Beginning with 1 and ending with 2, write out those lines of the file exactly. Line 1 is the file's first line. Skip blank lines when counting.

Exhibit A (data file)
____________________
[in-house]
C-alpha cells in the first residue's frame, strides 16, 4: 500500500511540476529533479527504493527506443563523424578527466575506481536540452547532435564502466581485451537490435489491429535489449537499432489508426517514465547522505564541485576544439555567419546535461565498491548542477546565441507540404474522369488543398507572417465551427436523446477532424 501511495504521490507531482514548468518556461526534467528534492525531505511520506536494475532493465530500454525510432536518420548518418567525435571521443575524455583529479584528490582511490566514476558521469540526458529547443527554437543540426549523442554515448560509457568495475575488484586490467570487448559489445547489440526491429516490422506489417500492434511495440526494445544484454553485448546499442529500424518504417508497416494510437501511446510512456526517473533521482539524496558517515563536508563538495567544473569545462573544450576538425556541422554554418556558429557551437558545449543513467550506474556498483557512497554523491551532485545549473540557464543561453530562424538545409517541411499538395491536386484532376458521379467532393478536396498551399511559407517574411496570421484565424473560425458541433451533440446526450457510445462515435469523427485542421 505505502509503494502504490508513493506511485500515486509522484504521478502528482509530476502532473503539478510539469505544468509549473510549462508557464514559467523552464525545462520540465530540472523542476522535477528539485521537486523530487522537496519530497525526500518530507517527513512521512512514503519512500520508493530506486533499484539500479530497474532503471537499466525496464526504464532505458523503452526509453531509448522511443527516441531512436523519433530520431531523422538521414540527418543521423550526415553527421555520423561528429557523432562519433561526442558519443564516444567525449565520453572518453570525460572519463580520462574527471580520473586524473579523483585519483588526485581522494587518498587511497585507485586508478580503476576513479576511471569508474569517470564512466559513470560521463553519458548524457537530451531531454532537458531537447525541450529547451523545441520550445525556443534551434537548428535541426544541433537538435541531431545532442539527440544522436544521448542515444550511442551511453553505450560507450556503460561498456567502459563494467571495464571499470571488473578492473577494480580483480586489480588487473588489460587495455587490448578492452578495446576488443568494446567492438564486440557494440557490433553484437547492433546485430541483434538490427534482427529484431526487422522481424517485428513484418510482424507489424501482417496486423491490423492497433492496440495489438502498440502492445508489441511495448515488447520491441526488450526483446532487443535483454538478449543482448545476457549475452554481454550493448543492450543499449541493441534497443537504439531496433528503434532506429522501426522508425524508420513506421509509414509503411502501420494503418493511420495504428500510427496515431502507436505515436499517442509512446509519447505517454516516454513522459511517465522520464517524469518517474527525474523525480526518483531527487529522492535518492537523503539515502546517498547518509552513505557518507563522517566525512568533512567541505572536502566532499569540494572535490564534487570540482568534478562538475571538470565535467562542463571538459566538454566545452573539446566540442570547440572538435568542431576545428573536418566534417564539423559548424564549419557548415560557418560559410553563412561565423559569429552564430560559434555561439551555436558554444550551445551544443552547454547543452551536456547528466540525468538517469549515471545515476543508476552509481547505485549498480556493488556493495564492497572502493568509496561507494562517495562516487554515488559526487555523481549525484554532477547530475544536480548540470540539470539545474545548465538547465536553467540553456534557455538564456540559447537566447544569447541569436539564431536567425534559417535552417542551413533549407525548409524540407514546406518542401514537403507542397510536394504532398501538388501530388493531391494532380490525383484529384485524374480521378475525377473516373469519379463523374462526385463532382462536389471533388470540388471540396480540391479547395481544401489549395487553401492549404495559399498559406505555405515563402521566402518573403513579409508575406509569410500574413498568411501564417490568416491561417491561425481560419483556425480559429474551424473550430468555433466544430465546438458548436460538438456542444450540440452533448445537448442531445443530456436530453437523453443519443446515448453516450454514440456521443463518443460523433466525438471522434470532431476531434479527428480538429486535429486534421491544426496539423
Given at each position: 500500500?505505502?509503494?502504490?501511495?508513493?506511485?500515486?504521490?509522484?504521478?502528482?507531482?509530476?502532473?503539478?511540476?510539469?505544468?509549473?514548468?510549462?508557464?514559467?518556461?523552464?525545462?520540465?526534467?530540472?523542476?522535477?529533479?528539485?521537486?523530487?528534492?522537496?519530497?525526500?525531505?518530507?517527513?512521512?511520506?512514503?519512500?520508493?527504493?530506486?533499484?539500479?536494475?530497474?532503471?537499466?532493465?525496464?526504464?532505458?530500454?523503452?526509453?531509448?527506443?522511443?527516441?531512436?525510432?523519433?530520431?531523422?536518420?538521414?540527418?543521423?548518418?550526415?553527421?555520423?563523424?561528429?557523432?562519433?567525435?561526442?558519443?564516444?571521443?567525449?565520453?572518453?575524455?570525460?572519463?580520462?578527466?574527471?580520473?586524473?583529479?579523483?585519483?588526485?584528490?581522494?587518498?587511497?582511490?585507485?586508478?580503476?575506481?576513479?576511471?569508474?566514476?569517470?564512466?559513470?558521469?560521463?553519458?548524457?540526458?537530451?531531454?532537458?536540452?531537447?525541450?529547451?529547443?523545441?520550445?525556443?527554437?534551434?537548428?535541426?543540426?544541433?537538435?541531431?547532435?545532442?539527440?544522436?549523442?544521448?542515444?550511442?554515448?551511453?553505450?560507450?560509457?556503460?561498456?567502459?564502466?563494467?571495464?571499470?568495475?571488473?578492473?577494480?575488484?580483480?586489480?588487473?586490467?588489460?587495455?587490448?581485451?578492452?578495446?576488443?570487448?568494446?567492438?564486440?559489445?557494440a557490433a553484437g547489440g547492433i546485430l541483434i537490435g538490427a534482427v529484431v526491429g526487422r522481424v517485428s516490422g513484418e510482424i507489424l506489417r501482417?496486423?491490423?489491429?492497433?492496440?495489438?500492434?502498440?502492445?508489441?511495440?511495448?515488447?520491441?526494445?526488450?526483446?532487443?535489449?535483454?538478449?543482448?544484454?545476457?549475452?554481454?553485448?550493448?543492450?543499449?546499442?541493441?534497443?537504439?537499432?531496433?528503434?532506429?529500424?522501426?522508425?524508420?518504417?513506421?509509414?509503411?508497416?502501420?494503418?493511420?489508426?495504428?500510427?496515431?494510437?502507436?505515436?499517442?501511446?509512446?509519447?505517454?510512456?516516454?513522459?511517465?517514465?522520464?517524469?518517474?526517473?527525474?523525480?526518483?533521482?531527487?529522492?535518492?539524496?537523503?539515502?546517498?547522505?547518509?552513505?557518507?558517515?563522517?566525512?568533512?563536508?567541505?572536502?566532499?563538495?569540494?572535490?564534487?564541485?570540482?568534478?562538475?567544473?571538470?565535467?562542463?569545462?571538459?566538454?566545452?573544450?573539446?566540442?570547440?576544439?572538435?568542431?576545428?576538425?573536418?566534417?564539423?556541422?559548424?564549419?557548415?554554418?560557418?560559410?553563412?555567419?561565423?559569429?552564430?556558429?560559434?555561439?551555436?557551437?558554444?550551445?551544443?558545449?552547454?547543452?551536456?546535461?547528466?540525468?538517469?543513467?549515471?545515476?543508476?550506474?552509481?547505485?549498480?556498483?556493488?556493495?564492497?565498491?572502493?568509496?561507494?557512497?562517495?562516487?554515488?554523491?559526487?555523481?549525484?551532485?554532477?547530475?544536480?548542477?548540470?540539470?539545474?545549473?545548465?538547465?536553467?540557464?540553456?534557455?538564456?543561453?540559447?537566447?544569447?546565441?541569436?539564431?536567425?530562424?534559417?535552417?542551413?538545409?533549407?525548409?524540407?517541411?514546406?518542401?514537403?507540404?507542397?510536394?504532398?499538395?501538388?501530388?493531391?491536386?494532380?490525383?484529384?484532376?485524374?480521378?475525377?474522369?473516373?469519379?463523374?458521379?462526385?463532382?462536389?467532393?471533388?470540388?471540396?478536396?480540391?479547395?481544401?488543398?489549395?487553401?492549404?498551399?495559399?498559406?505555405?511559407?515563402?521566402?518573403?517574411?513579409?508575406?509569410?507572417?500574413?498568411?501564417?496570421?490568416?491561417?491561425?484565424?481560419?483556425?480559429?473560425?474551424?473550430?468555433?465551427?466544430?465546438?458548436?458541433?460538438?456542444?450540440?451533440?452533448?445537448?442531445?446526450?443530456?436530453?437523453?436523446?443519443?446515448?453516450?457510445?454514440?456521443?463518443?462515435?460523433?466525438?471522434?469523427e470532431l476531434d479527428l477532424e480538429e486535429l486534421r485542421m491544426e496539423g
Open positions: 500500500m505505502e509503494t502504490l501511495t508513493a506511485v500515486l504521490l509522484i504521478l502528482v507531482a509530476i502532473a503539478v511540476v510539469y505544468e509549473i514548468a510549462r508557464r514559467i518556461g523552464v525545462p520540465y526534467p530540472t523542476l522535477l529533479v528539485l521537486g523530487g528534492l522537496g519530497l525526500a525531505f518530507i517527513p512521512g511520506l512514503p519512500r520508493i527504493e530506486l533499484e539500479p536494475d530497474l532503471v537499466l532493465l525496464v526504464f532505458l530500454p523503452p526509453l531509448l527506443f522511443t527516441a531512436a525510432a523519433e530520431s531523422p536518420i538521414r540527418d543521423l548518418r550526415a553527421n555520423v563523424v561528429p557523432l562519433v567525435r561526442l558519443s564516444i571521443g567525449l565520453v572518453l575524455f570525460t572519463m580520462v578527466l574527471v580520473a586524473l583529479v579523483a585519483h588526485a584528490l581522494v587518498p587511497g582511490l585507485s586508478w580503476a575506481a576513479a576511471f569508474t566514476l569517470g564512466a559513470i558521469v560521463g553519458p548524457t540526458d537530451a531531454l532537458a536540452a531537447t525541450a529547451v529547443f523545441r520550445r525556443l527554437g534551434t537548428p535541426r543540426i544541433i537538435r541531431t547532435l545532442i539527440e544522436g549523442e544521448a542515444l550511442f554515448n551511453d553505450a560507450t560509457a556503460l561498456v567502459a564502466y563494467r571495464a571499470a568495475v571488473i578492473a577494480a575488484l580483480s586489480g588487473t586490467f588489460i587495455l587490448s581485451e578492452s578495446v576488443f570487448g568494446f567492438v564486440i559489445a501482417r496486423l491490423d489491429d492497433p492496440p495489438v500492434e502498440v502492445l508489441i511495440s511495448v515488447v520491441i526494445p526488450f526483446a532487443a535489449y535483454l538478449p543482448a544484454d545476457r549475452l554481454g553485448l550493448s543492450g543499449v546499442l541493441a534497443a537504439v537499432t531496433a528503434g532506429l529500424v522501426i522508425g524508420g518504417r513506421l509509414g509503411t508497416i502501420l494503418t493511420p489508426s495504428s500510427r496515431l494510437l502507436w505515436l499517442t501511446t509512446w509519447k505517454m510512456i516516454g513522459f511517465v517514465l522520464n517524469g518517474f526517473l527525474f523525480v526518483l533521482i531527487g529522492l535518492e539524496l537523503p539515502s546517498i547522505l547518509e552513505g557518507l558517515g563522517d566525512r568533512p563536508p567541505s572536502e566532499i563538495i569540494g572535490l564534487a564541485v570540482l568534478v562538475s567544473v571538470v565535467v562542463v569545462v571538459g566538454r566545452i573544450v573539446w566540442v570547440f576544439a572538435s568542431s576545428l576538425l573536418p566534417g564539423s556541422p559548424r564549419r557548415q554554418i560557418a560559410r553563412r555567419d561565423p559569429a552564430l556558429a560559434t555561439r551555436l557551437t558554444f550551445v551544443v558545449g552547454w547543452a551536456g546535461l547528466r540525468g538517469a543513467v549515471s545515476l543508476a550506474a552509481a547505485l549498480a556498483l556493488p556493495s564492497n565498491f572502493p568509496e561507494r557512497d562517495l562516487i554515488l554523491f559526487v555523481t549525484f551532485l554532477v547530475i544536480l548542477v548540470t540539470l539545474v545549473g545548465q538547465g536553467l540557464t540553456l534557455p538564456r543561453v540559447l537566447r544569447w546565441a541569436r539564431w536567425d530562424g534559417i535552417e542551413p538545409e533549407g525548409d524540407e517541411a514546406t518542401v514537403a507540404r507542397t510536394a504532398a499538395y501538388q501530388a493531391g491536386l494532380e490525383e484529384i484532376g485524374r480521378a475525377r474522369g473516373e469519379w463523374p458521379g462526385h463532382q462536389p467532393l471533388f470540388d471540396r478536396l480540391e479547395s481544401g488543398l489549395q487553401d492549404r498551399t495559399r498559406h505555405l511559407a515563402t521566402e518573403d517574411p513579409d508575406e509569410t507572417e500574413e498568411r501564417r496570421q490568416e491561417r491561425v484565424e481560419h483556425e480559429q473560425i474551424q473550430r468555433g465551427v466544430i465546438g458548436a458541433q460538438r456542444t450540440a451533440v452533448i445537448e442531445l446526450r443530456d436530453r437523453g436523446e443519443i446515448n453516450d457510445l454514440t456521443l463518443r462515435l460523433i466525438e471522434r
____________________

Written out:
[in-house]
C-alpha cells in the first residue's frame, strides 16, 4: 500500500511540476529533479527504493527506443563523424578527466575506481536540452547532435564502466581485451537490435489491429535489449537499432489508426517514465547522505564541485576544439555567419546535461565498491548542477546565441507540404474522369488543398507572417465551427436523446477532424 501511495504521490507531482514548468518556461526534467528534492525531505511520506536494475532493465530500454525510432536518420548518418567525435571521443575524455583529479584528490582511490566514476558521469540526458529547443527554437543540426549523442554515448560509457568495475575488484586490467570487448559489445547489440526491429516490422506489417500492434511495440526494445544484454553485448546499442529500424518504417508497416494510437501511446510512456526517473533521482539524496558517515563536508563538495567544473569545462573544450576538425556541422554554418556558429557551437558545449543513467550506474556498483557512497554523491551532485545549473540557464543561453530562424538545409517541411499538395491536386484532376458521379467532393478536396498551399511559407517574411496570421484565424473560425458541433451533440446526450457510445462515435469523427485542421 505505502509503494502504490508513493506511485500515486509522484504521478502528482509530476502532473503539478510539469505544468509549473510549462508557464514559467523552464525545462520540465530540472523542476522535477528539485521537486523530487522537496519530497525526500518530507517527513512521512512514503519512500520508493530506486533499484539500479530497474532503471537499466525496464526504464532505458523503452526509453531509448522511443527516441531512436523519433530520431531523422538521414540527418543521423550526415553527421555520423561528429557523432562519433561526442558519443564516444567525449565520453572518453570525460572519463580520462574527471580520473586524473579523483585519483588526485581522494587518498587511497585507485586508478580503476576513479576511471569508474569517470564512466559513470560521463553519458548524457537530451531531454532537458531537447525541450529547451523545441520550445525556443534551434537548428535541426544541433537538435541531431545532442539527440544522436544521448542515444550511442551511453553505450560507450556503460561498456567502459563494467571495464571499470571488473578492473577494480580483480586489480588487473588489460587495455587490448578492452578495446576488443568494446567492438564486440557494440557490433553484437547492433546485430541483434538490427534482427529484431526487422522481424517485428513484418510482424507489424501482417496486423491490423492497433492496440495489438502498440502492445508489441511495448515488447520491441526488450526483446532487443535483454538478449543482448545476457549475452554481454550493448543492450543499449541493441534497443537504439531496433528503434532506429522501426522508425524508420513506421509509414509503411502501420494503418493511420495504428500510427496515431502507436505515436499517442509512446509519447505517454516516454513522459511517465522520464517524469518517474527525474523525480526518483531527487529522492535518492537523503539515502546517498547518509552513505557518507563522517566525512568533512567541505572536502566532499569540494572535490564534487570540482568534478562538475571538470565535467562542463571538459566538454566545452573539446566540442570547440572538435568542431576545428573536418566534417564539423559548424564549419557548415560557418560559410553563412561565423559569429552564430560559434555561439551555436558554444550551445551544443552547454547543452551536456547528466540525468538517469549515471545515476543508476552509481547505485549498480556493488556493495564492497572502493568509496561507494562517495562516487554515488559526487555523481549525484554532477547530475544536480548540470540539470539545474545548465538547465536553467540553456534557455538564456540559447537566447544569447541569436539564431536567425534559417535552417542551413533549407525548409524540407514546406518542401514537403507542397510536394504532398501538388501530388493531391494532380490525383484529384485524374480521378475525377473516373469519379463523374462526385463532382462536389471533388470540388471540396480540391479547395481544401489549395487553401492549404495559399498559406505555405515563402521566402518573403513579409508575406509569410500574413498568411501564417490568416491561417491561425481560419483556425480559429474551424473550430468555433466544430465546438458548436460538438456542444450540440452533448445537448442531445443530456436530453437523453443519443446515448453516450454514440456521443463518443460523433466525438471522434470532431476531434479527428480538429486535429486534421491544426496539423